Many thanks for your help!
 Linda K. Muthen posted on Thursday, August 01, 2013 - 2:27 pm
Please send the input and data for the analysis that did not give output to support@statmodel.com.

You can redefine the stratification variable so that it is correct. I think

strata=10000*country +strata

will ensure that the stratification is accounted for properly.
 Olev Must posted on Friday, January 03, 2014 - 9:58 am
I am running the „Twolevel Complex“ model on the PISA data (plausible values; within = student; between = country; covariates on the between level). As I understood I must use the weight, cluster and stratification option. The replicates are not allowed. There are two stratification variables in PISA data: 1) RANDOMIZED FINAL VARIANCE STRATUM (1-80) – schools are divided to 80 strata in each country; 2) Original stratum ( in some countries there are only one strata, typically the schools in one country is dividend to several original strata). My problem is : is the „randomized final variance stratum“ appropriate selection to get the correct model estimates, including sampling variance and standard errors ?
Thank you very much,
 Tihomir Asparouhov posted on Friday, January 03, 2014 - 11:45 am

From your description it looks to me that you will only be able to use type=twolevel with weights. Since the country is the between level in the model, additional cluster variable and strata can be used only if they are nested above the between level cluster variable. There is no problem with that in principle. If you want to add an additional level in the model such as school you can use type=threelevel.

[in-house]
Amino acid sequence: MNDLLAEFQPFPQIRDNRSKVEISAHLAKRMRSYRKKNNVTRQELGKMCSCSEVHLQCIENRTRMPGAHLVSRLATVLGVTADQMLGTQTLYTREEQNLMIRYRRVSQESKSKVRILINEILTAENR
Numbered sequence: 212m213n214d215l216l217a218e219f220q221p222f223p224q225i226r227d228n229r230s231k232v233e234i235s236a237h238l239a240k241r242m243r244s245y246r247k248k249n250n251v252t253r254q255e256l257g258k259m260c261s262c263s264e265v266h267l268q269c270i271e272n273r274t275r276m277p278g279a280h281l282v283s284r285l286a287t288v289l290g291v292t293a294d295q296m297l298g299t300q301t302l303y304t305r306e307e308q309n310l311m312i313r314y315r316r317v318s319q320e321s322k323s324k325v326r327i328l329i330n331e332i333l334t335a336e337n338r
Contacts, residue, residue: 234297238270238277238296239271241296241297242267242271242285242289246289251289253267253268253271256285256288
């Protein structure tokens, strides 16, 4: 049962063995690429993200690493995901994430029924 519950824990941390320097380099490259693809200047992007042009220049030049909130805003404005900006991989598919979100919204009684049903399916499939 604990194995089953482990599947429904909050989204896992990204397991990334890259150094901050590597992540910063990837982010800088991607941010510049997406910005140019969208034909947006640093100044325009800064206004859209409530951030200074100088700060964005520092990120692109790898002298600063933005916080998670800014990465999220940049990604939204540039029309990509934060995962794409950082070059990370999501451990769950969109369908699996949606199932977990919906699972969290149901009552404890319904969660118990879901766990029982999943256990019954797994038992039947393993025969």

Olev Must posted on Sunday, January 05, 2014 - 7:16 am

I used this simple approach - only twolevel + weights. And I modeled 5 times as there are 5 sets of plausible values; I reported the averages of parameters. Do you see here some mistakes or unused possibilities? (Really very small differences between models).
The reviewer claimed that the sample variance and standard errors of parameters are not correctly estimated. This was reason why I started to investigate replicates and stratification.

Thank you for reply!
 Christoph Weber posted on Monday, August 11, 2014 - 12:03 pm
Dear Mplus-Team!
I'm using type = complex twolevel random to test for crosslevel interactions. The levels are student, class, school. The crosslevel interactions contain student and class level variables. I don't use any school level variables.
Is type = complex twolevel appropiate for such models?

 Bengt O. Muthen posted on Monday, August 11, 2014 - 5:16 pm
Yes. You can also use Type=Threelevel.
 Christoph Weber posted on Tuesday, August 12, 2014 - 1:07 am
Thanks, with type = threelevel I will yield random slopes on class and school level. Is there the possibility to calculte the total random variance of the slope?
 Linda K. Muthen posted on Tuesday, August 12, 2014 - 10:31 am
You can sum the random slopes on the class and school level to obtain the total.
 Christoph Weber posted on Tuesday, August 12, 2014 - 2:03 pm
I tried this, but the sum of the class and school slope variance isn't equal to the slope variance of a twolevel model. Shouldn't they be equal?
 Bengt O. Muthen posted on Tuesday, August 12, 2014 - 3:28 pm
Not sure they should be equal. Instead of considering the twolevel run, you can look at TECH4 for the slope to get the total variance. Perhaps you have predictors of the slope, the variation in which also need to be taken into account.
 Lisa M. Yarnell posted on Wednesday, April 29, 2015 - 1:36 pm
Hello, a previous post and response from Dr. Muthen (above), was as follows:

Lisa M. Yarnell posted on March 29, 2012